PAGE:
8 Spectacular Natural Phenomena

May 17, 2023

By Aswirbaad Das

Salar de Uyuni, Bolivia

Popularly known as the ‘Mirror of the sky’, Salar de Uyuni is the world’s largest salt flat at a sprawling 10,582 square kilometers. The salt when mixed with a thin layer of water during certain seasons transforms the land into a dazzling landscape of reflections. It is also home to 50–70% of the world’s known lithium reserves.

Image source: Wikimedia Commons

Sailing Stones, USA

Heavy rocks moving on their own across the flat desert of Death Valley National Park, USA, might seem alienesque, but they are not! What actually happens is that in the winters, the thin slabs of floating ice around the rocks melt, nudging them into motion with a little help from light winds – a rather simple phenomenon that was mysterious to us until a few years ago.

Image source: Wikimedia Commons

Moonbow, Hawaii

A rainbow around the moon surely sounds like made-up stuff, unless you chance upon one in Hawaii! Similar to its solar counterpart, the moonbow, or lunar rainbow, appears as a giant arc when moonlight is refracted through water droplets in the air. Its size and intensity, though, depend on the moon’s height in a dark sky – the lower the moon, the bigger the moonbow.

Image source: Wikimedia Commons

Kawah Ijen, Indonesia

It is not a blue-fire dragon’s pit, but rather a composite volcano located at the easternmost part of Java island in Indonesia! It is also home to the largest acidic lake in the world, containing 27.5 million cubic metres of turquoise-coloured water with concentration (pH) less than 0.3. The abundance of sulphur released from the fumaroles burns like blue-hot lava and gives the volcano a mythical identity.

Image source: Wikimedia Commons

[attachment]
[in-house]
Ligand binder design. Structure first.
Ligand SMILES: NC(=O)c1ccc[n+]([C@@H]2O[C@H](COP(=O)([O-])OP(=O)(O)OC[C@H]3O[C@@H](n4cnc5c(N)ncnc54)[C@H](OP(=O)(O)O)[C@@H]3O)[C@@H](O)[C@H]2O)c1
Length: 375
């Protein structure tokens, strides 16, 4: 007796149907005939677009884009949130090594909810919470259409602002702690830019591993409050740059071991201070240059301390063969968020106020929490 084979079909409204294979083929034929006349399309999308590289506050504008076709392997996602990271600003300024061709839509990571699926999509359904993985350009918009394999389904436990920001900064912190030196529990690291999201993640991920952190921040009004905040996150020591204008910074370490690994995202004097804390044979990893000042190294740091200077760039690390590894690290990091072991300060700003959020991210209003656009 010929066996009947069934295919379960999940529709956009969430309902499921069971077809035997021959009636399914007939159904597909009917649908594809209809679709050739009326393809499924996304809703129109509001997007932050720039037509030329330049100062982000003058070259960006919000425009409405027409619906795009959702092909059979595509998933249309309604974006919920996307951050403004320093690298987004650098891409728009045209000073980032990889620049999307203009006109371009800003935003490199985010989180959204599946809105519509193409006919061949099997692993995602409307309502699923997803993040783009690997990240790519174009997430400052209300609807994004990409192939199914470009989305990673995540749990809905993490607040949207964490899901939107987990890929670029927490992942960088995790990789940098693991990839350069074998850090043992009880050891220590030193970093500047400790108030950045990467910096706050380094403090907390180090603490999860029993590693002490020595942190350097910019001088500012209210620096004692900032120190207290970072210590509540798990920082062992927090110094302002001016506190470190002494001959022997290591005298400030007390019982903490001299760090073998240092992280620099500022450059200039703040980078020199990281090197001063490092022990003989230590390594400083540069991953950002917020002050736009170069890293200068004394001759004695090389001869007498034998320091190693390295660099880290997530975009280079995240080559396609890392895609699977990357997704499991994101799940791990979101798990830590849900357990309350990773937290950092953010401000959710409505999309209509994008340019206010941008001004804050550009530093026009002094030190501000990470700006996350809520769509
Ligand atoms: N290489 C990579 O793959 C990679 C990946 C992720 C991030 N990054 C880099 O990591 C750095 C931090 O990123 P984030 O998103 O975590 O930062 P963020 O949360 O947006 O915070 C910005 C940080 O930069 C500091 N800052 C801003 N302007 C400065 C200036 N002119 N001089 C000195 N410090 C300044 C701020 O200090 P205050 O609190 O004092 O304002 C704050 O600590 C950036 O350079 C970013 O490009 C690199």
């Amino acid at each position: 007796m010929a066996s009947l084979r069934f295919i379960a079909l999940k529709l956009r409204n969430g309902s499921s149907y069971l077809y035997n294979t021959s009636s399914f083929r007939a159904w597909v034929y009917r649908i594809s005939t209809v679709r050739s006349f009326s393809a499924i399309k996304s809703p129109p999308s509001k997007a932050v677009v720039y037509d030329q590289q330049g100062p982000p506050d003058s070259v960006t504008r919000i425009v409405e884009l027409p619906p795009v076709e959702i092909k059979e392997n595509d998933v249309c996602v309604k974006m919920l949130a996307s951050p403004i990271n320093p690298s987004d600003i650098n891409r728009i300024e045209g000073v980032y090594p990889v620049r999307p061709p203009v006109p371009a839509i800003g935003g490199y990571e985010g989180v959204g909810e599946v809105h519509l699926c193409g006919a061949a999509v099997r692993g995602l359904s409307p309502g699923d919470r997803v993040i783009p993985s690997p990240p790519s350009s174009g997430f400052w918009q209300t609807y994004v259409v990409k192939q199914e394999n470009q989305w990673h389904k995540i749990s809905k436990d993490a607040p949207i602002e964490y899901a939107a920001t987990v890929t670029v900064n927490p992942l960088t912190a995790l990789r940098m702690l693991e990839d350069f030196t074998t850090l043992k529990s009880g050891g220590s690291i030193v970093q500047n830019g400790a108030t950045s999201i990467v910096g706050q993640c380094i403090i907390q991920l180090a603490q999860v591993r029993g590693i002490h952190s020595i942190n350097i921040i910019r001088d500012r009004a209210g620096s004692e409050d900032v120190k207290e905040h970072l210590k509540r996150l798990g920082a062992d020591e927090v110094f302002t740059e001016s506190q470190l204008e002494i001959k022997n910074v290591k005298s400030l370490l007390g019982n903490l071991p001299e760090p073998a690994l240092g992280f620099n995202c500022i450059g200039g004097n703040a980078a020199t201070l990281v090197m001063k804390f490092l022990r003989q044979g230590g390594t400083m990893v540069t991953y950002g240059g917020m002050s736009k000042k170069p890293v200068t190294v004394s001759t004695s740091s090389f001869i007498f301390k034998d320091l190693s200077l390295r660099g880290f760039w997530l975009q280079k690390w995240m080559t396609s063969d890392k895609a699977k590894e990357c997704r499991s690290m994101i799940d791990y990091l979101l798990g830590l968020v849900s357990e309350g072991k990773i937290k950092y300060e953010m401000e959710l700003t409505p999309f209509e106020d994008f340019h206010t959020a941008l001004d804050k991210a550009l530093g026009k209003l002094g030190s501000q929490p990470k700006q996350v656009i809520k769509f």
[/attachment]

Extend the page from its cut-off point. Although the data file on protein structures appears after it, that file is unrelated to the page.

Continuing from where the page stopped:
Lake Hillier, Australia

A lake that loves to wear pink! Located on the Recherche archipelago, this surreal lake is believed to get its colour due to the presence of seaweed rich in carotenoids belonging to the species dunalielia. During high salinity and temperature conditions, this algae releases a pigment that paints the lake pink.

Image source: Wikimedia Commons

Danxia Landforms, China

Truly a natural masterpiece, the Danxia landform was once a part of the ocean about 540 million years ago. Tectonic movements and collisions folded the land and propelled it above sea level, giving the landform a unique topography. The vast multitude of reds, blues, yellows and greens caused by metamorphic progressions gave rise to its name, the ‘Rainbow Mountains’.

Image source: Wikimedia Commons

Sort Sol, Denmark

The Black Sun (Sort Sol in Danish) is a poetic natural phenomenon that occurs every year in spring and autumn when millions of starlings travelling north make a pitstop at Wadden Sea National Park’s marshlands for rest and food. What seems like a well-choreographed routine is also these starlings’ ingenious ways to fend off predators while hiding the sun with their sheer numbers.

Image source: Wikimedia Commons

Socotra Dragon Tree, Yemen

This ‘upside-down umbrella tree’ is indigenous only to the island of Socotra, Yemen, and is categorised under the Dracaena genus of the Asoaragaceae family. When truncated, the tree bleeds a red liquid, which is actually a form of red resin containing an important element called Draco that is widely used in the pharmaceutical industry to treat health problems like burns, ulcers, etc.

Image source: Wikimedia Commons